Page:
# Imaginary unit

square root of negative one, used to define extra-dimensional complex numbers

In math, imaginary unit or ${\displaystyle i}$, is a number value that only exists outside of real numbers and is used in algebra. Though imaginary numbers can be used to solve a lot of mathematical problems, they cannot be represented by an amount of real life objects.

## History

Imaginary units were invented to answer the polynomial equation ${\displaystyle x^{2}+1=0}$ , which normally has no solution (see below). The term "imaginary" comes from by René Descartes and was meant to be insulting as, like zero and negative numbers at other times in history, imaginary numbers were thought to be useless as they are not natural. It wasn't until later centuries that the work of mathematicians like Leonhard Euler, Augustin-Louis Cauchy and Carl Friedrich Gauss would prove that imaginary numbers were very important for some areas of algebra.

## Definition

A common rule for multiplying and dividing numbers is that if the signs are different then the result is negative (e.g. ${\displaystyle 4\times -3=-12}$ ), but if both numbers have the same sign then the result will be positive (e.g. ${\displaystyle 5\times 6=30}$  and ${\displaystyle -10\times -10=100}$ ). However, this leads to problems with square root numbers of negatives, as two negative numbers will always make a positive number:

${\displaystyle 2\times 2=2^{2}=4}$
so ${\displaystyle {\sqrt {4}}=2}$
but ${\displaystyle {\sqrt {-4}}\neq -2}$
as ${\displaystyle -2\times -2=-2^{2}=4}$

To fill in this value gap the imaginary unit was made, which is defined as ${\displaystyle i={\sqrt {-1}}}$  and ${\displaystyle i\times i=i^{2}=-1}$ .[1][2] Using imaginary numbers we can solve our last example:

${\displaystyle 2i\times 2i=2i^{2}=-4}$
${\displaystyle -2i\times -2i=-2i^{2}=-4}$
${\displaystyle {\sqrt {4}}=\pm 2}$  and ${\displaystyle {\sqrt {-4}}=\pm 2i}$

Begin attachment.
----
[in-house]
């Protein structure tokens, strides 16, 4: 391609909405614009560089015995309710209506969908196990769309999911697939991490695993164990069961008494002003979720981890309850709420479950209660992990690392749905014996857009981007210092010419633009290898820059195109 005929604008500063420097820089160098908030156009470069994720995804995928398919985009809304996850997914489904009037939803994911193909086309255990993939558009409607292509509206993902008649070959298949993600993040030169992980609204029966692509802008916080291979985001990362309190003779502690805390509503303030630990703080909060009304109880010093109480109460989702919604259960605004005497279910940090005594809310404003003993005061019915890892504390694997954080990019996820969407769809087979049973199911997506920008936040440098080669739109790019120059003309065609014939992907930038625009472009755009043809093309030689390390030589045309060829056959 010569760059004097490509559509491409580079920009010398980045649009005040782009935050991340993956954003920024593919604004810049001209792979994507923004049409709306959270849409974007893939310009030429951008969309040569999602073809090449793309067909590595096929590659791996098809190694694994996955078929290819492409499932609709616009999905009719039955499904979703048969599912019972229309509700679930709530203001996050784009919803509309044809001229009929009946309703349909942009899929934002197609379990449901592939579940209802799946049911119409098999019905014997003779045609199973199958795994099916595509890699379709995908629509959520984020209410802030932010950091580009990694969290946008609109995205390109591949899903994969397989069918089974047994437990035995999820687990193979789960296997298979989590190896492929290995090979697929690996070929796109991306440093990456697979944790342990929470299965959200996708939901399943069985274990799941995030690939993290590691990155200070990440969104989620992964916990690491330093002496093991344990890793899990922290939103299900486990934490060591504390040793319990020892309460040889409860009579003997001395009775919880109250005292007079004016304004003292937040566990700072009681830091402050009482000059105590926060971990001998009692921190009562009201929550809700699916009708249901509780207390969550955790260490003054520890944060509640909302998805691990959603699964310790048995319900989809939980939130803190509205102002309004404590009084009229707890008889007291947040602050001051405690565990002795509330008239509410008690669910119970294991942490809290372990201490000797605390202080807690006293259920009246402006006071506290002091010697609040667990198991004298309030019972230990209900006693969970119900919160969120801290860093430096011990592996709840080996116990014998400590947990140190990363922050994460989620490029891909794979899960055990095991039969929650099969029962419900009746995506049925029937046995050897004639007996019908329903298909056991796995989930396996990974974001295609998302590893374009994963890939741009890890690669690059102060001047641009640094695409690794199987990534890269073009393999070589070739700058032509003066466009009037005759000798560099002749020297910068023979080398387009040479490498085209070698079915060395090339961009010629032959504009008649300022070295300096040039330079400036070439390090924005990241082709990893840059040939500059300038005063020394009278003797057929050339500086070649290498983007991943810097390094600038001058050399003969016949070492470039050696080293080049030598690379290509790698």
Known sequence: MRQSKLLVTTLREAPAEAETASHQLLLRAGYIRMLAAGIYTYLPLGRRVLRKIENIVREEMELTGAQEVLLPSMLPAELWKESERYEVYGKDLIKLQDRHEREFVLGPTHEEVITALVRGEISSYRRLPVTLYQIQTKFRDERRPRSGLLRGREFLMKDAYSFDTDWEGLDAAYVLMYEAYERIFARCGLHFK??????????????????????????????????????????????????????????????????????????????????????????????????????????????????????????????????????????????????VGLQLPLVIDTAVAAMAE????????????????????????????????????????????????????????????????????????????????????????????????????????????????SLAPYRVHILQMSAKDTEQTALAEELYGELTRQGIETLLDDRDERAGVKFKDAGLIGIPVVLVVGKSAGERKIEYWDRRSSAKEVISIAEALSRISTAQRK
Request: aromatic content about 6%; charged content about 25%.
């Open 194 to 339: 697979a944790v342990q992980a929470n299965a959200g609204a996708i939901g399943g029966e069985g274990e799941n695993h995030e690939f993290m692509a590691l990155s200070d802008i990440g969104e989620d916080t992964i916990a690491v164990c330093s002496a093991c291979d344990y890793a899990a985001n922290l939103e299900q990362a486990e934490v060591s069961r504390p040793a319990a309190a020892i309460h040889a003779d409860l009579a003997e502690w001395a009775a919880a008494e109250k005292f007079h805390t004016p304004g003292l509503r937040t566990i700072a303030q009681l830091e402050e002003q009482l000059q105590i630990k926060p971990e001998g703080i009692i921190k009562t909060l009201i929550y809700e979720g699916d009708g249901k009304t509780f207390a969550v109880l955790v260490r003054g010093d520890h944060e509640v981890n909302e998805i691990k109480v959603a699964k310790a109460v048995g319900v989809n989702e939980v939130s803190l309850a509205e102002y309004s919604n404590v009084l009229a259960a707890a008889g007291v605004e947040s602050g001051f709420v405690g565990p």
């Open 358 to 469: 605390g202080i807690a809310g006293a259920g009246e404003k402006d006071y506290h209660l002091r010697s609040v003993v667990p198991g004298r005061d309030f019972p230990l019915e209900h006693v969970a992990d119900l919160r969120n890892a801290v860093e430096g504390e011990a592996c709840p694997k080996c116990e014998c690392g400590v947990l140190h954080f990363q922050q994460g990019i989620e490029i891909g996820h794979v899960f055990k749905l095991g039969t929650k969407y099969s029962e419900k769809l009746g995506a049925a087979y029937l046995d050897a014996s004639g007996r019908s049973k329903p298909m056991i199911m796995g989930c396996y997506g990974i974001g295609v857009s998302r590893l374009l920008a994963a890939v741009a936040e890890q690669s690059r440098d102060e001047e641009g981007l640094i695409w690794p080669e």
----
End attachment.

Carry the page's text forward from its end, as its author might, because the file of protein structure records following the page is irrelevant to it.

## Square root of i

It is sometimes assumed that one must create another number to show the square roots of ${\displaystyle i}$ , but that is not needed. The square roots of ${\displaystyle i}$  can be written as: ${\displaystyle \pm {\sqrt {i}}=\pm {\frac {\sqrt {2}}{2}}(1+i)}$ , a result which can be shown as follows:

 ${\displaystyle \left(\pm {\frac {\sqrt {2}}{2}}(1+i)\right)^{2}\ }$ ${\displaystyle =\left(\pm {\frac {\sqrt {2}}{2}}\right)^{2}(1+i)^{2}\ }$ ${\displaystyle =(\pm 1)^{2}{\frac {2}{4}}(1+i)(1+i)\ }$ ${\displaystyle =1\times {\frac {1}{2}}(1+2i+i^{2})\quad \quad (i^{2}=-1)\ }$ ${\displaystyle ={\frac {1}{2}}(2i)\ }$ ${\displaystyle =i\ }$

## Powers of i

The powers of ${\displaystyle i}$  or ${\displaystyle i}$  follow a regular and predictable pattern:

${\displaystyle i^{-4}=1}$
${\displaystyle i^{-3}=i}$
${\displaystyle i^{-2}=-1}$
${\displaystyle i^{-1}=-i}$
${\displaystyle i^{0}=1}$
${\displaystyle i^{1}=i}$
${\displaystyle i^{2}=-1}$
${\displaystyle i^{3}=-i}$
${\displaystyle i^{4}=1}$
${\displaystyle i^{5}=i}$
${\displaystyle i^{6}=-1}$
${\displaystyle i^{7}=-i}$

As shown, each time we multiply by another ${\displaystyle i}$  the values are ${\displaystyle 1,i,-1,-i}$  and then repeat.

## References

1. "Compendium of Mathematical Symbols". Math Vault. 2020-03-01. Retrieved 2020-08-10.
2. Weisstein, Eric W. "Imaginary Unit". mathworld.wolfram.com. Retrieved 2020-08-10.